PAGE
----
How do you communicate about research with people who are not researchers? The scientific results usually presuppose a complicated intellectual framework, which the researchers have acquired through long education and experience. How can we talk about their research with people who are not researchers?
At CRB, we take research communication seriously, so this question follows us daily. A common way to solve the problem is to replace researchers’ complex intellectual frameworks with simple images, which people in general are more familiar with. An example could be comparing a body cell with a small factory. We thus compare the unknown with the familiar, so that the reader gets a certain understanding: “Aha, the cell functions as a kind of factory.”
Giving research results a more comprehensible context by using images that replace the researchers’ intellectual framework often works well. We sometimes use that method ourselves here at CRB. But we also use another way of embedding the research, so that it touches people. We use philosophical reflection. We ask questions that you do not need to be an expert to wonder about. The questions lead to thoughts that you do not need to be a specialist to follow. Finally, the research results are incorporated into the reasoning. We then point out that a new article sheds light on the issues we have thought about together. In this way, the research gets an understandable context, namely, in the form of thoughts that anyone can have.
We could call this philosophical research communication. There is a significant difference between these two ways of making research understandable. When simple images are used, they only aim to make people (feel that they) understand what they are not familiar with. The images are interchangeable. If you find a better image, you immediately use it instead. The images are not essential in themselves. That we compare the body cell with a factory does not express any deep interest in factories. But the philosophical questions and reflections that we at CRB embed the research in, are essential in themselves. They are sincere questions and thoughts. They cannot be replaced by other questions and reasoning, for the sole purpose of effectively conveying research results. In philosophical research communication, we give research an essential context, which is not just an interchangeable pedagogical aid. The embedding is as important as what is embedded.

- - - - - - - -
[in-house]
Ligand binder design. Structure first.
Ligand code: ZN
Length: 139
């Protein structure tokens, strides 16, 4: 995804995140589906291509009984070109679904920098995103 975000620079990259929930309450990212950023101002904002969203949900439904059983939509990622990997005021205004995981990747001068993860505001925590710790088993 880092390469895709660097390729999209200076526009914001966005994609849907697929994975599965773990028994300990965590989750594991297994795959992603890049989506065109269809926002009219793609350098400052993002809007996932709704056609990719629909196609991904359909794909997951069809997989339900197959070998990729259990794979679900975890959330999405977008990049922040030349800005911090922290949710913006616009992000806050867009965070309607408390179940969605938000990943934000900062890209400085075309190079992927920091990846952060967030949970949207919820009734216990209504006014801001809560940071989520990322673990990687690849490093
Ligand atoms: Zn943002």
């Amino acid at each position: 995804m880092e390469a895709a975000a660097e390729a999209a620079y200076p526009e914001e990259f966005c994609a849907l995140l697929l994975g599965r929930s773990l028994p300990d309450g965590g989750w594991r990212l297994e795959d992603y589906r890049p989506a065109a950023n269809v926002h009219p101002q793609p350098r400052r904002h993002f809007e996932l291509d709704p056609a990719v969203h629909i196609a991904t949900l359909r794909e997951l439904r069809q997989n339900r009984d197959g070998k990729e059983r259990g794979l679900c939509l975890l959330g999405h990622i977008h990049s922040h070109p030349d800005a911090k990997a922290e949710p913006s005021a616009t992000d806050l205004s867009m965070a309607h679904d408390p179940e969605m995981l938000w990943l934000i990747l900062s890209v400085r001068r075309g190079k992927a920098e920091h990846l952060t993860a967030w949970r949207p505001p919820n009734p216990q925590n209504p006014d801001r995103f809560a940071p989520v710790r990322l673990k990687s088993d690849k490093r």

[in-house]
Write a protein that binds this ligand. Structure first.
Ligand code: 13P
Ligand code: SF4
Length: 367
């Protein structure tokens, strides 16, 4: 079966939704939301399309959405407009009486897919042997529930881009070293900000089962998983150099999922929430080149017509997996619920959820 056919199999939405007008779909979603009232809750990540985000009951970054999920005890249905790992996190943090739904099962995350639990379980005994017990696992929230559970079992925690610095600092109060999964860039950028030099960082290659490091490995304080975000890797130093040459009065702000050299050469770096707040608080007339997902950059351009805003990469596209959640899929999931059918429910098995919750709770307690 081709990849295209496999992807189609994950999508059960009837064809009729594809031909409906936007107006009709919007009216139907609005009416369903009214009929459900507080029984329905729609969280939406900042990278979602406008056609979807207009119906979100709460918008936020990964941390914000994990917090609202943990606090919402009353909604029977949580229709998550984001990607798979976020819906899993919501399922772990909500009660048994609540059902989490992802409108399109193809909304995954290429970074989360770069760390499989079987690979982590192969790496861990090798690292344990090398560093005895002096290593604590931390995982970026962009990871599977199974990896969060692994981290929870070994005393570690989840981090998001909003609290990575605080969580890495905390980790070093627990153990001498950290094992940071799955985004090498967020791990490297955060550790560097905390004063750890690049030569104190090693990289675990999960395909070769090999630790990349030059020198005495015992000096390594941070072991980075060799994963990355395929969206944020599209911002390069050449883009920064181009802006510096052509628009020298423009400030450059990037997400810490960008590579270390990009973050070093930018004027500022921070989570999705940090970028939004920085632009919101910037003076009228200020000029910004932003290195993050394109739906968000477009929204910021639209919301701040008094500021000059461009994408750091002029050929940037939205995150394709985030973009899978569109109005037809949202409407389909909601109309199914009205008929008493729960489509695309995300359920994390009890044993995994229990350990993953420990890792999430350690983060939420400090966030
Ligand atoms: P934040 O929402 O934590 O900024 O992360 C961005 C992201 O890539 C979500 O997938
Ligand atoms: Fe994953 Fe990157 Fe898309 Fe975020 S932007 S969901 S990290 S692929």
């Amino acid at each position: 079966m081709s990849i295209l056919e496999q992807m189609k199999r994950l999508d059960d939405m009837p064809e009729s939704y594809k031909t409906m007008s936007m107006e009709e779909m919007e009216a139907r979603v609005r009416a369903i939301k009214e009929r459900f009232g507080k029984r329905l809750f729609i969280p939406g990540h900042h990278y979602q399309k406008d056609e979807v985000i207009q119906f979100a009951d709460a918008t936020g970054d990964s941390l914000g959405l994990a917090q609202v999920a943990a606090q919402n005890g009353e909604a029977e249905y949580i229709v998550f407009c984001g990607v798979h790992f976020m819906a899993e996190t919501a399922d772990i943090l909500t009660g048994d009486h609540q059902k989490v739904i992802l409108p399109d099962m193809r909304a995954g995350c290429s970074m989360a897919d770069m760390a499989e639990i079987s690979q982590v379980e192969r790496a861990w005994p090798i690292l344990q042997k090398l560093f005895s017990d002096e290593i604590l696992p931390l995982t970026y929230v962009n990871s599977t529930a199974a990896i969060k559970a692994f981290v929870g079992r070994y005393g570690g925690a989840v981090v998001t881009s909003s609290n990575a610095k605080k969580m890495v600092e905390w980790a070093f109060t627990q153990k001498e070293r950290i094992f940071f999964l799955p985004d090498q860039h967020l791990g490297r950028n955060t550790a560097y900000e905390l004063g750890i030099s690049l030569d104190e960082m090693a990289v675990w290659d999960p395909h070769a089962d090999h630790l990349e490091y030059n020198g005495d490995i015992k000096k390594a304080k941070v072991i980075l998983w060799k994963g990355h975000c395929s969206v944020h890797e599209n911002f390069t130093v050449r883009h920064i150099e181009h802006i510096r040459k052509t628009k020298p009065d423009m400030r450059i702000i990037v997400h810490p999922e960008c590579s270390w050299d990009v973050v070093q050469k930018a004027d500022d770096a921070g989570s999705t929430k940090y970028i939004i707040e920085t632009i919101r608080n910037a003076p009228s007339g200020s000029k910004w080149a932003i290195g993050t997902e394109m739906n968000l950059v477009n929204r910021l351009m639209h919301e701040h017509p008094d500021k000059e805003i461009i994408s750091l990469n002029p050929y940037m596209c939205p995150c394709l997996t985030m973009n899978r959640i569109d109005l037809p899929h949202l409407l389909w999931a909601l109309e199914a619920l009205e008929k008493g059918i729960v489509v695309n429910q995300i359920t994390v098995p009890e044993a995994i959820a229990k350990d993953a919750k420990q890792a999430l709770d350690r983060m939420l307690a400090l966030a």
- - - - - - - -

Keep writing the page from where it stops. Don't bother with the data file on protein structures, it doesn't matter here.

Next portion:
Philosophical research communication is particularly important to us at CRB, as we are a centre for ethics research. Our research is driven by philosophical questions and reflections, for example, within the Human Brain Project, which examines puzzling phenomena such as consciousness and artificial intelligence. Even when we perform empirical studies, the point of those studies is to shed light on ethical problems and thoughts. In our research communication, we focus on this interplay between the philosophically thought-provoking and the empirical results.
Another difference between these ways of communicating research has to do with equality. Since the simple images that are used to explain research are not essential in themselves, such research communication is, after all, somewhat unequal. The comparison, which seemed to make us equal, is not what the communication is really about. The reader’s acquaintance with factories does not help the reader to have their own views on research. Philosophical research communication is different. Because the embedding philosophical questions and thoughts are essential and meant seriously, we meet on the same level. We can wonder together about the same honest questions. When research is communicated philosophically, communicators as well as researchers and non-researchers are equal.
Philosophical research communication can thereby deepen the meaning of the research, sometimes even for the researchers themselves!
As philosophical research communication unites us around common questions and thoughts, it is important in an increasingly fragmented and specialized society. It helps us to think together, which is easier than you might believe, if we dare to open up to our own questions. Here, of course, I assume that the communication is sincere, that it comes from independently thinking people, that it is not based on any intellectually constructed thought patterns, which one must be a philosophy expert to understand.
In that case, philosophical research communicators would need to bring philosophy itself to life, by sincerely asking the most alive questions.
Pär Segerdahl, Associate Professor at the Centre for Research Ethics & Bioethics and editor of the Ethics Blog.
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